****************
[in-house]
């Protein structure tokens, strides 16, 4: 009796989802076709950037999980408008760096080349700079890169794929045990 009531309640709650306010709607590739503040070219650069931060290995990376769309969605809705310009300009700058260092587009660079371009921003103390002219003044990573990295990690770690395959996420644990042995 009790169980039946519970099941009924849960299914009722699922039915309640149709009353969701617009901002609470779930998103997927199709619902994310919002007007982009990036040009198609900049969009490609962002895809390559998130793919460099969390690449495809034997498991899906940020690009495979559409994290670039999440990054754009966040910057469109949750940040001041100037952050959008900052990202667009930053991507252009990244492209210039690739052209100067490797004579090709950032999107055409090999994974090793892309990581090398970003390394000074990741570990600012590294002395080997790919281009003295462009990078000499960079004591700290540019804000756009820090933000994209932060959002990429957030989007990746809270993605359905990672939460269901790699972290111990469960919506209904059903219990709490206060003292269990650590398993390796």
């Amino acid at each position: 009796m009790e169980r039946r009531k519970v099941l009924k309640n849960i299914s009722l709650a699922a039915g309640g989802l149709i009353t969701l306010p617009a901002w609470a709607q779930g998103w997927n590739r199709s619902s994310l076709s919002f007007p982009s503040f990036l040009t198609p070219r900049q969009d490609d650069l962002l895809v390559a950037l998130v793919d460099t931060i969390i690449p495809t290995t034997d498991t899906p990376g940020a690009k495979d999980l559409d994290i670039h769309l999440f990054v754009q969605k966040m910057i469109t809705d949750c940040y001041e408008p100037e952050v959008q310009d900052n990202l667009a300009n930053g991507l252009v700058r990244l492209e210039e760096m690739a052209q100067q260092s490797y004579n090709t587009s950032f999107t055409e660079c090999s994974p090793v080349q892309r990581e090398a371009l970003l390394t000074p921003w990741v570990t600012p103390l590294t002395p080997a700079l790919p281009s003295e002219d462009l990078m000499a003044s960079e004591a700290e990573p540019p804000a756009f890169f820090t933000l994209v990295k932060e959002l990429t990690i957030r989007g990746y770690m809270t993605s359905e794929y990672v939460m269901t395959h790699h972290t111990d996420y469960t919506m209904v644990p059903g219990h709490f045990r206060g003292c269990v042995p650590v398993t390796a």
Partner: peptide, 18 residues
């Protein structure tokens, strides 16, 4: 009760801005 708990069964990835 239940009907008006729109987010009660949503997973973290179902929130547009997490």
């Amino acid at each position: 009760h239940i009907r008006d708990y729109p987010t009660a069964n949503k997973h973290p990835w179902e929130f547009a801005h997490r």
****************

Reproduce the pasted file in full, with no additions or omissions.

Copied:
[in-house]
């Protein structure tokens, strides 16, 4: 009796989802076709950037999980408008760096080349700079890169794929045990 009531309640709650306010709607590739503040070219650069931060290995990376769309969605809705310009300009700058260092587009660079371009921003103390002219003044990573990295990690770690395959996420644990042995 009790169980039946519970099941009924849960299914009722699922039915309640149709009353969701617009901002609470779930998103997927199709619902994310919002007007982009990036040009198609900049969009490609962002895809390559998130793919460099969390690449495809034997498991899906940020690009495979559409994290670039999440990054754009966040910057469109949750940040001041100037952050959008900052990202667009930053991507252009990244492209210039690739052209100067490797004579090709950032999107055409090999994974090793892309990581090398970003390394000074990741570990600012590294002395080997790919281009003295462009990078000499960079004591700290540019804000756009820090933000994209932060959002990429957030989007990746809270993605359905990672939460269901790699972290111990469960919506209904059903219990709490206060003292269990650590398993390796």
């Amino acid at each position: 009796m009790e169980r039946r009531k519970v099941l009924k309640n849960i299914s009722l709650a699922a039915g309640g989802l149709i009353t969701l306010p617009a901002w609470a709607q779930g998103w997927n590739r199709s619902s994310l076709s919002f007007p982009s503040f990036l040009t198609p070219r900049q969009d490609d650069l962002l895809v390559a950037l998130v793919d460099t931060i969390i690449p495809t290995t034997d498991t899906p990376g940020a690009k495979d999980l559409d994290i670039h769309l999440f990054v754009q969605k966040m910057i469109t809705d949750c940040y001041e408008p100037e952050v959008q310009d900052n990202l667009a300009n930053g991507l252009v700058r990244l492209e210039e760096m690739a052209q100067q260092s490797y004579n090709t587009s950032f999107t055409e660079c090999s994974p090793v080349q892309r990581e090398a371009l970003l390394t000074p921003w990741v570990t600012p103390l590294t002395p080997a700079l790919p281009s003295e002219d462009l990078m000499a003044s960079e004591a700290e990573p540019p804000a756009f890169f820090t933000l994209v990295k932060e959002l990429t990690i957030r989007g990746y770690m809270t993605s359905e794929y990672v939460m269901t395959h790699h972290t111990d996420y469960t919506m209904v644990p059903g219990h709490f045990r206060g003292c269990v042995p650590v398993t390796a």
Partner: peptide, 18 residues
């Protein structure tokens, strides 16, 4: 009760801005 708990069964990835 239940009907008006729109987010009660949503997973973290179902929130547009997490």
């Amino acid at each position: 009760h239940i009907r008006d708990y729109p987010t009660a069964n949503k997973h973290p990835w179902e929130f547009a801005h997490r």